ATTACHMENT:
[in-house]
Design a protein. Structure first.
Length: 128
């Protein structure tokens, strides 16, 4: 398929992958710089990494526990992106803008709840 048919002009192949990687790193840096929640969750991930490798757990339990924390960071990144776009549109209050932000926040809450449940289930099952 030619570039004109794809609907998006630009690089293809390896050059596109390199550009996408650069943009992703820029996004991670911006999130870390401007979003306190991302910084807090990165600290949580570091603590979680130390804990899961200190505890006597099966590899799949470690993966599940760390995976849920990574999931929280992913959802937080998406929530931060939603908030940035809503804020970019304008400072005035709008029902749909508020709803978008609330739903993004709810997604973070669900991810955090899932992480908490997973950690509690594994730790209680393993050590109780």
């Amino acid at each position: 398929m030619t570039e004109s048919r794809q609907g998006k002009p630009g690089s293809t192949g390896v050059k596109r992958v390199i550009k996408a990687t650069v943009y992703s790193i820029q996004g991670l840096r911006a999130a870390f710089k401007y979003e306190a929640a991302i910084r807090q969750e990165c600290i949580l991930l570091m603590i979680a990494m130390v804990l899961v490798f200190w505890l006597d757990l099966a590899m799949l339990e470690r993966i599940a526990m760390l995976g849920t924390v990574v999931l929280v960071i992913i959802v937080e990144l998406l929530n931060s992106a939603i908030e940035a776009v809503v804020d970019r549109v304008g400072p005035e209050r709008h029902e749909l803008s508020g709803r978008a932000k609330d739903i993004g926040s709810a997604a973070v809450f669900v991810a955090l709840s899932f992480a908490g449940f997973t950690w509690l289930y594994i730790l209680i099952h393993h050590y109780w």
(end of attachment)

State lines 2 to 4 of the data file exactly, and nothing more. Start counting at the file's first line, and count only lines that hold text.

Design a protein. Structure first.
Length: 128
């Protein structure tokens, strides 16, 4: 398929992958710089990494526990992106803008709840 048919002009192949990687790193840096929640969750991930490798757990339990924390960071990144776009549109209050932000926040809450449940289930099952 030619570039004109794809609907998006630009690089293809390896050059596109390199550009996408650069943009992703820029996004991670911006999130870390401007979003306190991302910084807090990165600290949580570091603590979680130390804990899961200190505890006597099966590899799949470690993966599940760390995976849920990574999931929280992913959802937080998406929530931060939603908030940035809503804020970019304008400072005035709008029902749909508020709803978008609330739903993004709810997604973070669900991810955090899932992480908490997973950690509690594994730790209680393993050590109780």